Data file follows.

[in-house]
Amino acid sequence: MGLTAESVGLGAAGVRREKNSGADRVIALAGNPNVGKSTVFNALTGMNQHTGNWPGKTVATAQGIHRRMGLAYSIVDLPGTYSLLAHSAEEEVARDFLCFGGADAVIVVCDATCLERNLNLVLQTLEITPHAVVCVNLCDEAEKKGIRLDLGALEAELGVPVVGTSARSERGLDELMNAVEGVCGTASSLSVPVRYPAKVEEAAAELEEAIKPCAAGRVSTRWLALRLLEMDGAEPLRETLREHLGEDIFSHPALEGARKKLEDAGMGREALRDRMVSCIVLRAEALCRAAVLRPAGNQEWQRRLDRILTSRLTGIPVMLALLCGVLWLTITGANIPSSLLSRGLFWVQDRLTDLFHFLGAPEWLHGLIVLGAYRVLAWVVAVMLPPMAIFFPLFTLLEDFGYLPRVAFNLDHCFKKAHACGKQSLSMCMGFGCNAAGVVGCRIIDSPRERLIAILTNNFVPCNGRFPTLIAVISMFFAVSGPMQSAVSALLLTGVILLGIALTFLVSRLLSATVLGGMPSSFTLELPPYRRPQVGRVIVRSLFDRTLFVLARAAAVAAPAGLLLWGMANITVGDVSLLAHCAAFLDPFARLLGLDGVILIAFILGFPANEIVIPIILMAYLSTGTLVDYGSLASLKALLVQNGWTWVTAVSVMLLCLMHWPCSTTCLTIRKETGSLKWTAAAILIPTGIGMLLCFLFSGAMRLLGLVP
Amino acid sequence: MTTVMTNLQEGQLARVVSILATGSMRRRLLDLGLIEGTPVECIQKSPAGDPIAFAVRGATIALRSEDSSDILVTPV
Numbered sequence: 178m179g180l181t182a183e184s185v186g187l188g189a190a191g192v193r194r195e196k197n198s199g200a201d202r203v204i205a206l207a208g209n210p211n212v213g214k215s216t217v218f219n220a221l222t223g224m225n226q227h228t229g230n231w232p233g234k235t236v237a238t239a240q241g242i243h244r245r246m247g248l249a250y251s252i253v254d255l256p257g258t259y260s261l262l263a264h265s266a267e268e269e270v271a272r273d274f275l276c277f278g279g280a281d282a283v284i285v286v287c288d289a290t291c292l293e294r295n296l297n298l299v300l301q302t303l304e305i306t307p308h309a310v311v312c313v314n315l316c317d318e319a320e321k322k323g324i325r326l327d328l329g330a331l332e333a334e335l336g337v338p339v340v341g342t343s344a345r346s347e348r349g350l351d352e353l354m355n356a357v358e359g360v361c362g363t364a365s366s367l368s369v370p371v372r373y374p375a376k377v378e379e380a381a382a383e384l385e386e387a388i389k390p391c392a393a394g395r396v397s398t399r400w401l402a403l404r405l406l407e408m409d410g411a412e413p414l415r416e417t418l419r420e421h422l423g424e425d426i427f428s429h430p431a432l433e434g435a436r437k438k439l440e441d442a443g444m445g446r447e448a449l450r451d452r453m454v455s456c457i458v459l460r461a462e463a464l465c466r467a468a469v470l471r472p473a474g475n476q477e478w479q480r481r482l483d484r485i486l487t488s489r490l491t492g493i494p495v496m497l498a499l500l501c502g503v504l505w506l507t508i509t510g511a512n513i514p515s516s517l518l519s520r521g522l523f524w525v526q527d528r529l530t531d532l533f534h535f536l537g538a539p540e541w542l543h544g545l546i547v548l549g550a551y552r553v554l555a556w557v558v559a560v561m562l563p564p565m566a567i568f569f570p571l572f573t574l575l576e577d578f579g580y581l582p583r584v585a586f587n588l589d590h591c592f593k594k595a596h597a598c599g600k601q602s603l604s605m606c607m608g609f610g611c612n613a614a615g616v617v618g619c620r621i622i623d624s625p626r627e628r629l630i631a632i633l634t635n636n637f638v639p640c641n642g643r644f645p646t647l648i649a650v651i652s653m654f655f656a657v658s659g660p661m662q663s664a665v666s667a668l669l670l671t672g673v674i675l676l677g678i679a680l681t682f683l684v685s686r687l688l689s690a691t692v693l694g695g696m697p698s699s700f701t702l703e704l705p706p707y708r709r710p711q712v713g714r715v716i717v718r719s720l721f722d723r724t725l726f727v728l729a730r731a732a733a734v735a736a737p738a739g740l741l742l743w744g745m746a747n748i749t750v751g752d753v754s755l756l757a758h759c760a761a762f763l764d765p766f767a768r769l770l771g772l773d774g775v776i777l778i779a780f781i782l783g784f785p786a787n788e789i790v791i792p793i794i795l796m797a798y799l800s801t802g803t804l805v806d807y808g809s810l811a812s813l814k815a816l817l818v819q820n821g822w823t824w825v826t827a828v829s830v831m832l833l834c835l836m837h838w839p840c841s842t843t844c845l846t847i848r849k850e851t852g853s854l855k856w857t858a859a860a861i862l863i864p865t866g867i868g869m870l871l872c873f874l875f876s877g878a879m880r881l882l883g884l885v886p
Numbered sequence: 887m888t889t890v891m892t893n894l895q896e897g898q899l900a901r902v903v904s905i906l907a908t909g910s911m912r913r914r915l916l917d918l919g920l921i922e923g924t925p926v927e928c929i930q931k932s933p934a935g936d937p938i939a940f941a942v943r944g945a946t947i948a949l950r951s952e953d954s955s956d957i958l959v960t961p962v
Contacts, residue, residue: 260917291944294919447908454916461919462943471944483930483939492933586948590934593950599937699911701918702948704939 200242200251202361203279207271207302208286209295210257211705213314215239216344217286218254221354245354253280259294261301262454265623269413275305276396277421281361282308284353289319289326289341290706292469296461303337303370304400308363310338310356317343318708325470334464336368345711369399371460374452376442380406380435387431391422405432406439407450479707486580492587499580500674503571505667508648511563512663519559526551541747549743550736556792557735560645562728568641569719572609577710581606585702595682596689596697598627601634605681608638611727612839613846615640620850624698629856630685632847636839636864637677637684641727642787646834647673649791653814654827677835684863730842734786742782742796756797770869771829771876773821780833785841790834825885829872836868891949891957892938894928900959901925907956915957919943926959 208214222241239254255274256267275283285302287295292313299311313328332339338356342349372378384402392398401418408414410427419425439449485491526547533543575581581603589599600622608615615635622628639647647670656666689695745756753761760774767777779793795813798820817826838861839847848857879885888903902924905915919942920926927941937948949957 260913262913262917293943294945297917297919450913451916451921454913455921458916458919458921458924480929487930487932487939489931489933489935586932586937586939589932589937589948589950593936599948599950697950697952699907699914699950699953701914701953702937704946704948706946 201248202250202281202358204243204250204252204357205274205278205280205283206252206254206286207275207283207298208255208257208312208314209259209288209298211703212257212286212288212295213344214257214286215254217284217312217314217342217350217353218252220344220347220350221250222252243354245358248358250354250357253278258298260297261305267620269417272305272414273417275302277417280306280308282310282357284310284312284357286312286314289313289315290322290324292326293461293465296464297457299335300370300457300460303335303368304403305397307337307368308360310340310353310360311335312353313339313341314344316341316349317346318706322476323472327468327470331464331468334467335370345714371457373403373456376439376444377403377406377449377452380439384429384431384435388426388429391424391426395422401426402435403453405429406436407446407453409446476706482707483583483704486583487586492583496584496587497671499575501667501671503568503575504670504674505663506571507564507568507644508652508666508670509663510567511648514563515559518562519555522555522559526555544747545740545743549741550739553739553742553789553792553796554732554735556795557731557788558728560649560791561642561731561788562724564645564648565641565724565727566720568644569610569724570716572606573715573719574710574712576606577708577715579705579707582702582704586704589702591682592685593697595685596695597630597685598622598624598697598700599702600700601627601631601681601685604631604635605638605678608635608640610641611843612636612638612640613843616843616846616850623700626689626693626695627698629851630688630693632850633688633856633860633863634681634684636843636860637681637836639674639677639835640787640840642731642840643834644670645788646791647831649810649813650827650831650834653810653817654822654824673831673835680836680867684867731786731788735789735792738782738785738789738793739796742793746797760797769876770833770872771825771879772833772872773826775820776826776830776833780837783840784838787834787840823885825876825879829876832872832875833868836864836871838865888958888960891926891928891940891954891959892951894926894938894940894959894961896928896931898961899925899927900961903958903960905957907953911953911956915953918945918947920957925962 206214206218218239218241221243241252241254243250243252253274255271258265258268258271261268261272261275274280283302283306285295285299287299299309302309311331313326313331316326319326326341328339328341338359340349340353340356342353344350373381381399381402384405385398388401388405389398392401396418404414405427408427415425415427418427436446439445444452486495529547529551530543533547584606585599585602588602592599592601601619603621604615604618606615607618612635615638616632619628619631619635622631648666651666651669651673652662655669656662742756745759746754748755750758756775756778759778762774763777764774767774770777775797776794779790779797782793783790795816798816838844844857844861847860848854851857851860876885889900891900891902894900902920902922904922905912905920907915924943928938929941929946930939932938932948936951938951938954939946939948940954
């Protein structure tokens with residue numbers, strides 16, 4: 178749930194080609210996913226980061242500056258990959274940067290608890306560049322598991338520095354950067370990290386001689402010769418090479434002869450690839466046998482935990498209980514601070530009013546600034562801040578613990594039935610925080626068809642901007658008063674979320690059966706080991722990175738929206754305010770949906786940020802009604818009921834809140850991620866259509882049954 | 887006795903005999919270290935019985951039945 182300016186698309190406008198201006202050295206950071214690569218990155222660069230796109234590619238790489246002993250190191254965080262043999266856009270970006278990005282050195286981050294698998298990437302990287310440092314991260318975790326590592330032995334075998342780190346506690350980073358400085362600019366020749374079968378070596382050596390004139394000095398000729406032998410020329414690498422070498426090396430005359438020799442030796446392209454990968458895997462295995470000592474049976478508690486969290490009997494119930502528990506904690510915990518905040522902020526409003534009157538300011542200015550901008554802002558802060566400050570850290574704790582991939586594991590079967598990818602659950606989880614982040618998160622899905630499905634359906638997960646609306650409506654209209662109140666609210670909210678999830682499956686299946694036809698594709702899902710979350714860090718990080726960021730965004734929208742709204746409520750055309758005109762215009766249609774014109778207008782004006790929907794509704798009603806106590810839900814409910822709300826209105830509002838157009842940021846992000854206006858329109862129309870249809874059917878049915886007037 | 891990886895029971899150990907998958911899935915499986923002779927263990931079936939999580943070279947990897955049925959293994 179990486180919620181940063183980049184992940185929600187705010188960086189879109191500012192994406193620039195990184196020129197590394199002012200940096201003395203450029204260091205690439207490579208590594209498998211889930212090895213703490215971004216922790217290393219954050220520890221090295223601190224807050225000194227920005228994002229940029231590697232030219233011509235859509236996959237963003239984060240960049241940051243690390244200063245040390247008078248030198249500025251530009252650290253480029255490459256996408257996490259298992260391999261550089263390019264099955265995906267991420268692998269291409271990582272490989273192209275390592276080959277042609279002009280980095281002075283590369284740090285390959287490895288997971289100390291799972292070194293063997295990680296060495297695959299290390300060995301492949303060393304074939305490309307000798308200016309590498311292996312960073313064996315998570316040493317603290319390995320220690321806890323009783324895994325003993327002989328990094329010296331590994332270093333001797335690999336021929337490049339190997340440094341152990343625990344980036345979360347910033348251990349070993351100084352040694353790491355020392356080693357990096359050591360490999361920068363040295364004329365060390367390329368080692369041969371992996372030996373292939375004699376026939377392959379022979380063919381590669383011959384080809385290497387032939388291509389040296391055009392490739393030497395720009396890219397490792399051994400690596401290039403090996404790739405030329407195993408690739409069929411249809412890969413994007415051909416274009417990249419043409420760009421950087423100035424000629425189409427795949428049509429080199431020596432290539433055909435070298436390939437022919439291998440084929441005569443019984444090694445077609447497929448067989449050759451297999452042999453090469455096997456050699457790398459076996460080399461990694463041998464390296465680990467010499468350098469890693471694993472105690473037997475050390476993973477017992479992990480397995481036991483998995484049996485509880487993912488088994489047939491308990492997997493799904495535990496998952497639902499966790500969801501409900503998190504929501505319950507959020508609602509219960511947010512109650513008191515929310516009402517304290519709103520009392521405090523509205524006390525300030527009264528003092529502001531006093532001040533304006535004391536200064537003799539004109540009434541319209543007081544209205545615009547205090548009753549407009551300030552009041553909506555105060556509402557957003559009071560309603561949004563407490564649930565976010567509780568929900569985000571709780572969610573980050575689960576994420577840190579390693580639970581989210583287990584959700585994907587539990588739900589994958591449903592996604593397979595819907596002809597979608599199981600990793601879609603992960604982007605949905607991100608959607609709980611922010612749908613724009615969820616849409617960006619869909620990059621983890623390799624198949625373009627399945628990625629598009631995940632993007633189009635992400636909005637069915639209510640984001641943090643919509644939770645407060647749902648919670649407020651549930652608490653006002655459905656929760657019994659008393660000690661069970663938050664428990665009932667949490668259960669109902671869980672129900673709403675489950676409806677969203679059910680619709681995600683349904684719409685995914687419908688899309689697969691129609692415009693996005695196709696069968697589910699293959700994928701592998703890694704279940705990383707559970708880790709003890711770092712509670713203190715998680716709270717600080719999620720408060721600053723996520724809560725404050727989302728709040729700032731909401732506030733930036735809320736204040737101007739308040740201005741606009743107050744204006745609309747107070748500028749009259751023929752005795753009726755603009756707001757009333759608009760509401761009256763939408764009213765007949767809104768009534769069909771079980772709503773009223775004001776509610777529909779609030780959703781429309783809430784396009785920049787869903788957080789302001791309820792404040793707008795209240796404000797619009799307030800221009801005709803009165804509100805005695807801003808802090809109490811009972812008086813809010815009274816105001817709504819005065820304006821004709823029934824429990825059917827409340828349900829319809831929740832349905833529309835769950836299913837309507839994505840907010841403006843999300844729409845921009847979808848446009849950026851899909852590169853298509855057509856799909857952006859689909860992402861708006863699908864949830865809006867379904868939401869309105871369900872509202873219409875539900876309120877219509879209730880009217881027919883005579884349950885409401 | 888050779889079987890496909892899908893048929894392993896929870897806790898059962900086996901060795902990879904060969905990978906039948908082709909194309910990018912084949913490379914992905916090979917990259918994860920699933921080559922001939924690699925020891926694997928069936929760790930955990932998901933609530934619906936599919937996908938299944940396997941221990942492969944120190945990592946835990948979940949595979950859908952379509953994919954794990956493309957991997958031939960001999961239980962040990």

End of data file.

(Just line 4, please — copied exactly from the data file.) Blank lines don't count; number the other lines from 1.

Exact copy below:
Numbered sequence: 178m179g180l181t182a183e184s185v186g187l188g189a190a191g192v193r194r195e196k197n198s199g200a201d202r203v204i205a206l207a208g209n210p211n212v213g214k215s216t217v218f219n220a221l222t223g224m225n226q227h228t229g230n231w232p233g234k235t236v237a238t239a240q241g242i243h244r245r246m247g248l249a250y251s252i253v254d255l256p257g258t259y260s261l262l263a264h265s266a267e268e269e270v271a272r273d274f275l276c277f278g279g280a281d282a283v284i285v286v287c288d289a290t291c292l293e294r295n296l297n298l299v300l301q302t303l304e305i306t307p308h309a310v311v312c313v314n315l316c317d318e319a320e321k322k323g324i325r326l327d328l329g330a331l332e333a334e335l336g337v338p339v340v341g342t343s344a345r346s347e348r349g350l351d352e353l354m355n356a357v358e359g360v361c362g363t364a365s366s367l368s369v370p371v372r373y374p375a376k377v378e379e380a381a382a383e384l385e386e387a388i389k390p391c392a393a394g395r396v397s398t399r400w401l402a403l404r405l406l407e408m409d410g411a412e413p414l415r416e417t418l419r420e421h422l423g424e425d426i427f428s429h430p431a432l433e434g435a436r437k438k439l440e441d442a443g444m445g446r447e448a449l450r451d452r453m454v455s456c457i458v459l460r461a462e463a464l465c466r467a468a469v470l471r472p473a474g475n476q477e478w479q480r481r482l483d484r485i486l487t488s489r490l491t492g493i494p495v496m497l498a499l500l501c502g503v504l505w506l507t508i509t510g511a512n513i514p515s516s517l518l519s520r521g522l523f524w525v526q527d528r529l530t531d532l533f534h535f536l537g538a539p540e541w542l543h544g545l546i547v548l549g550a551y552r553v554l555a556w557v558v559a560v561m562l563p564p565m566a567i568f569f570p571l572f573t574l575l576e577d578f579g580y581l582p583r584v585a586f587n588l589d590h591c592f593k594k595a596h597a598c599g600k601q602s603l604s605m606c607m608g609f610g611c612n613a614a615g616v617v618g619c620r621i622i623d624s625p626r627e628r629l630i631a632i633l634t635n636n637f638v639p640c641n642g643r644f645p646t647l648i649a650v651i652s653m654f655f656a657v658s659g660p661m662q663s664a665v666s667a668l669l670l671t672g673v674i675l676l677g678i679a680l681t682f683l684v685s686r687l688l689s690a691t692v693l694g695g696m697p698s699s700f701t702l703e704l705p706p707y708r709r710p711q712v713g714r715v716i717v718r719s720l721f722d723r724t725l726f727v728l729a730r731a732a733a734v735a736a737p738a739g740l741l742l743w744g745m746a747n748i749t750v751g752d753v754s755l756l757a758h759c760a761a762f763l764d765p766f767a768r769l770l771g772l773d774g775v776i777l778i779a780f781i782l783g784f785p786a787n788e789i790v791i792p793i794i795l796m797a798y799l800s801t802g803t804l805v806d807y808g809s810l811a812s813l814k815a816l817l818v819q820n821g822w823t824w825v826t827a828v829s830v831m832l833l834c835l836m837h838w839p840c841s842t843t844c845l846t847i848r849k850e851t852g853s854l855k856w857t858a859a860a861i862l863i864p865t866g867i868g869m870l871l872c873f874l875f876s877g878a879m880r881l882l883g884l885v886p